This global trend would tend to suggest that Bernie Sanders, self avowed Socialist, is not a rank outsider any more. But his popularity among young voters is pitted against the powerful establishments behind Hillary Clinton. And establishments are at this stage being corroded, not exactly toppled. But the process of toppling them is seriously underway.

Hillary has been First Lady for two terms, Senator and Secretary of State. Does her performance as Secretary of State commend her as President? Under her watch, Ambassador Christopher Stevens was brutally killed in the US mission in Benghazi.

There she was announcing to the media "I came, I saw and he died". She was talking of Qaddafi's death. This alongside footage of Qaddafi sodomised by a knife.

The next memorable image of Hillary concerns her management of the Syrian crisis. "Get out of the way, Assad," she proclaims with an imperious wave of the hand. And Assad is nowhere close to bowing out.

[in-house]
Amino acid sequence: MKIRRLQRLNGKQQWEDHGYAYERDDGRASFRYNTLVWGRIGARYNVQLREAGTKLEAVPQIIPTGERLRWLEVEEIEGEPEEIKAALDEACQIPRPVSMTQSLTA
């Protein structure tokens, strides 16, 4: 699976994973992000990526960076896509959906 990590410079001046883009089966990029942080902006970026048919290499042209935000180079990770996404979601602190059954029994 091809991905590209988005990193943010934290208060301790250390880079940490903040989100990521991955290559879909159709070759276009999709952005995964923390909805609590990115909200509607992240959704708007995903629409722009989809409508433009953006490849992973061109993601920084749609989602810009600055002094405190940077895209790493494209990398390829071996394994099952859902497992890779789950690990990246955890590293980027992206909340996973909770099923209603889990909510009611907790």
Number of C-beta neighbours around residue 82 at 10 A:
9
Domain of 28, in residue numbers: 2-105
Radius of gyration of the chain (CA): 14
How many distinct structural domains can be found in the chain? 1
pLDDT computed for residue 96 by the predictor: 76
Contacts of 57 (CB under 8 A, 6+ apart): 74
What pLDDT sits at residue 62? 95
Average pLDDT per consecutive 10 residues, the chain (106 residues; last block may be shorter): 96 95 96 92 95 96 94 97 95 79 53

If voters persist with their quest for the novel, how is Hillary Clinton a repository of any novelty?

And yet, the celebrated intellectual, Noam Chomsky, is probably right.

"Bernie Sanders is a decent honest New Dealer." A "New Dealer", Chomsky explains, is "someone who is far out to the left of the field." Chomsky spots the conflict between the people and establishments doggedly fighting to stay on.

Sanders is unlikely to make it to the White House in the system of "Bought Elections", Chomsky says. How then has he come this far?

How does Chomsky explain Trump's popularity? "It is a reflection of depression, hopelessness, concern that everything is lost." Trump's propagandist strategy is in line with a history of directing anger "on straw men such as immigrants, welfare cheats, trade unions and all kinds of people who you think are getting everything you are not getting".

(A senior commentator on political and diplomatic affairs, Saeed Naqvi can be reached on saeednaqvi@hotmail. (IANS)